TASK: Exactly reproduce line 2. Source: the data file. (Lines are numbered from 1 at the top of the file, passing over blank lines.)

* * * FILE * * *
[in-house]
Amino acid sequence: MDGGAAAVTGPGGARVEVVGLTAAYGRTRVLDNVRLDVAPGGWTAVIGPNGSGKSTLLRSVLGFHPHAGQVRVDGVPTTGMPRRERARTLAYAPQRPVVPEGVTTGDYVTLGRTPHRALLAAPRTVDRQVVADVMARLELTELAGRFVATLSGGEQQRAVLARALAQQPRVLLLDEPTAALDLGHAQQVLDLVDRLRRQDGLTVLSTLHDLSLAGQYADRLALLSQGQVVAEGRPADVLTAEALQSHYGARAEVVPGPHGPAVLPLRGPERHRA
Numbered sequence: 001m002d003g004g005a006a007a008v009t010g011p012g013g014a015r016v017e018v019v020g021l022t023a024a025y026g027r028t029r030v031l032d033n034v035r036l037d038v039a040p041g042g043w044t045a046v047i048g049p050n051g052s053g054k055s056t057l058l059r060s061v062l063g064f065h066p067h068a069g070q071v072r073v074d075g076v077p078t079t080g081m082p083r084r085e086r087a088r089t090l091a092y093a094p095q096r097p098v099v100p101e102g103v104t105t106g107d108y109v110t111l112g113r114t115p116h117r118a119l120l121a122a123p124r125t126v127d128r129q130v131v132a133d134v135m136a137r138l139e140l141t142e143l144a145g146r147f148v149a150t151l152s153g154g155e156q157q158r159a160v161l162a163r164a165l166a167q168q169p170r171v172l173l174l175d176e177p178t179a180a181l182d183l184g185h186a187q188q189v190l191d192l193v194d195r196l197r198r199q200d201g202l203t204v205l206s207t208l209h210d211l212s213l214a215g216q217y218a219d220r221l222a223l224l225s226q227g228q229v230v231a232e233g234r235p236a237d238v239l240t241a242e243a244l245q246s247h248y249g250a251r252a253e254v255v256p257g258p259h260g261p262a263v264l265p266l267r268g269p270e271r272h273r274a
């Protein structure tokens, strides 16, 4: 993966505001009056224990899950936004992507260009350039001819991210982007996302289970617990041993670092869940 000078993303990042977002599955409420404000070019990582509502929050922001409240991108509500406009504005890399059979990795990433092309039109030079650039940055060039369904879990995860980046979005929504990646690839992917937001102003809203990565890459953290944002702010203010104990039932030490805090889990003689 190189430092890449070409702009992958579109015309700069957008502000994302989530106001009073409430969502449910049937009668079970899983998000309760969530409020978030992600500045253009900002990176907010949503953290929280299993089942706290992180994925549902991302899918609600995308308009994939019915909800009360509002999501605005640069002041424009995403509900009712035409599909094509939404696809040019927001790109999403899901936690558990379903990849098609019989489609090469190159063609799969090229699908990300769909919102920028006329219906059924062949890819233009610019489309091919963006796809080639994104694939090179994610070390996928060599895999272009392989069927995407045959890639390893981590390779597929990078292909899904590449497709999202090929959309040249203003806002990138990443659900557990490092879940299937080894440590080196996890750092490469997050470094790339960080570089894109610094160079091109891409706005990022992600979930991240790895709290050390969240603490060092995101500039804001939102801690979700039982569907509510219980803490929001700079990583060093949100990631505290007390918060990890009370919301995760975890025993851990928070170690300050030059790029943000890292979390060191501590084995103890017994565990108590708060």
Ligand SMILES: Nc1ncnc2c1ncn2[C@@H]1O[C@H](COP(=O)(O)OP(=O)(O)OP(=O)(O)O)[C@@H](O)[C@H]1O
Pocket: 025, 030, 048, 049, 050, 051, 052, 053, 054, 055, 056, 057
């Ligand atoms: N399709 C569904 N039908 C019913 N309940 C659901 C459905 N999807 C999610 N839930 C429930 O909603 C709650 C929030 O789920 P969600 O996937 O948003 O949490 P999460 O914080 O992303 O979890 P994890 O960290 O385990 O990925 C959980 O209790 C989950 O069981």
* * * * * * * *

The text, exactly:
Amino acid sequence: MDGGAAAVTGPGGARVEVVGLTAAYGRTRVLDNVRLDVAPGGWTAVIGPNGSGKSTLLRSVLGFHPHAGQVRVDGVPTTGMPRRERARTLAYAPQRPVVPEGVTTGDYVTLGRTPHRALLAAPRTVDRQVVADVMARLELTELAGRFVATLSGGEQQRAVLARALAQQPRVLLLDEPTAALDLGHAQQVLDLVDRLRRQDGLTVLSTLHDLSLAGQYADRLALLSQGQVVAEGRPADVLTAEALQSHYGARAEVVPGPHGPAVLPLRGPERHRA